When the study was released in 2008, several findings were determined based off of the data collected. These findings provide an interesting glimpse into American culture and demonstrate an erosion of civic knowledge. The unfortunate thing about the findings is that Americans simply do not understand the system of government that our society is governed by. This is discouraging because one of the implied checks and balances on government is the citizenry of a nation. If the citizens do not understand how government works, how can they make sure that it is working properly? Consider these points of interest:
- Americans fail the test of civic literacy. Seventy-one percent of Americans fail the test with an overall score of 49%.
- Americans agree: colleges should teach America's heritage. This is one thing that many Americans can agree on despite differences on a host of many other matters.
- College adds little to civic knowledge. The average score for those earning their formal bachelor's degree is 57% (an "F"). I am sure that high school or associate's graduates do not fare much better.
- Television - including the news - "dumbs" down American. If you are like me, you have noticed that the only shows on television these days are talent shows (i.e., America's Got Talent) and police drama (i.e., CSI and Law and Order). Even the police shows are not a true depiction of real law enforcement. The news is not much better as it tends to focus on crime and entertainment rather than what happened at the local City Commission meeting last night.
- What college graduates do not know about America. Only 54% can correctly identify a basic description of the free market system, in which all Americans participate.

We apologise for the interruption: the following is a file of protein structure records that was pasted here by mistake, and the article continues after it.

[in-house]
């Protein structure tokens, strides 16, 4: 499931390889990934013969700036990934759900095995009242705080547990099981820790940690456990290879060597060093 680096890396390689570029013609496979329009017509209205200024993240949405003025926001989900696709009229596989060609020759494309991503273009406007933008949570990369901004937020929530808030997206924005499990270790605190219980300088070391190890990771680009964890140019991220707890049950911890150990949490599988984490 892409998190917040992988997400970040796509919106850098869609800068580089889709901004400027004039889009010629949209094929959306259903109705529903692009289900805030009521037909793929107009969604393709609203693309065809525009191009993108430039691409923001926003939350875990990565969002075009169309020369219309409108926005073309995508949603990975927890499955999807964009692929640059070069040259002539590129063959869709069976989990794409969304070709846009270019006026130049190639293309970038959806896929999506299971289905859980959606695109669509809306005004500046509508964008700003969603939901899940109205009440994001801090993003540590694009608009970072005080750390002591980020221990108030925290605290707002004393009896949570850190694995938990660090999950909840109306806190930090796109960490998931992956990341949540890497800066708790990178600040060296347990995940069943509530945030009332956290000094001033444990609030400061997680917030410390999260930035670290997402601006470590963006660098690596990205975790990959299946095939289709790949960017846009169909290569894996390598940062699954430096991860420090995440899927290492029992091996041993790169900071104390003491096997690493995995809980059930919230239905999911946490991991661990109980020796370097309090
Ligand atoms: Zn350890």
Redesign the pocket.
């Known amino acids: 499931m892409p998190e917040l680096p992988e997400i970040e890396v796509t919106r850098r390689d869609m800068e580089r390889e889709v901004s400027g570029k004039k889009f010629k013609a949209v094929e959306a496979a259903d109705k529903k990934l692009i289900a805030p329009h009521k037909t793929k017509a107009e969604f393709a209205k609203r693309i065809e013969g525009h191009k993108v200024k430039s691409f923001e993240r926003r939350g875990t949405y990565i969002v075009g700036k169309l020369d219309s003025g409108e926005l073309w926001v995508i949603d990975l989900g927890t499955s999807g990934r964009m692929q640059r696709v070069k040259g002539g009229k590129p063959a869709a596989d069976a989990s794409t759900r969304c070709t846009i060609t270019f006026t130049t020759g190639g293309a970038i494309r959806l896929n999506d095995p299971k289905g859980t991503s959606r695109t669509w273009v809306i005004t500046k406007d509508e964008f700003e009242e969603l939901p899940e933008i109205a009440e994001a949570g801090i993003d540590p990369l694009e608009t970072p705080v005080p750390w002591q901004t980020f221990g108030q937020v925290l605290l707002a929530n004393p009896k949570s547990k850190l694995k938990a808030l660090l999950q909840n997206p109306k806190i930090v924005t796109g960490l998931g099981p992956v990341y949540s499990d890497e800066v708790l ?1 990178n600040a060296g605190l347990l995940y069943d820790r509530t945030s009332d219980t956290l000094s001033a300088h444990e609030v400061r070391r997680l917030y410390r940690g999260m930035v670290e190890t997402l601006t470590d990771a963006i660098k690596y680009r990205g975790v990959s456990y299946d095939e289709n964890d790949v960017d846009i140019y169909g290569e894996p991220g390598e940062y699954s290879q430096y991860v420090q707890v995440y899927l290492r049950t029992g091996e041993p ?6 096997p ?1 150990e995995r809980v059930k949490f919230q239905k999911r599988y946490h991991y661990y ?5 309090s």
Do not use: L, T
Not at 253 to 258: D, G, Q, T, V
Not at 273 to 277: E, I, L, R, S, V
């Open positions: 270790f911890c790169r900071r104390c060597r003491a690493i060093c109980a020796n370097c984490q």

- Elected officials score lower than the general public. On average, elected officials score 44%, which is five percentage points lower than non-officeholders. Members of the Abilene City Commission, to my knowledge, have not taken the exam.
What does this all mean? Is it important for Americans to have some understanding of our government and its heritage? Should students be taught civic concepts in school and should it be a requirement to pass an exam similar to this before graduating (high school or college)? Needless to say, the low scores for the exam provide evidence that Americans are not appropriately tuned in to the government or the nation's traditions as we may believe. There are, of course, several reasons for this lack of knowledge. Rather than dwell on the reasons for the problem, I believe it is prudent to focus on how to resolve the problem.
There are men and women serving our nation in the military, some of which will make the ultimate sacrifice for freedoms we do not even understand. Congressional leaders are legislating law that will affect each and every citizen's life. The future of our great nation depends on individuals who are educated and willing to lead. As Thomas Jefferson said, "if a nation expects to be ignorant and free... it expects what never was and never will be." Jefferson is saying that in order to be free, we must be knowledgeable of the principles of freedom, democracy and justice. We cannot simply assume that someone else will be able to understand the methods of government and protect that which we take for granted.
I encourage you to take the Intercollegiate Studies Institute's Civic Literacy Exam and see how your knowledge compares to others. Then begin to learn more about our nation, its history and its government. Knowledge is better than ignorance and it may even help preserve our nation.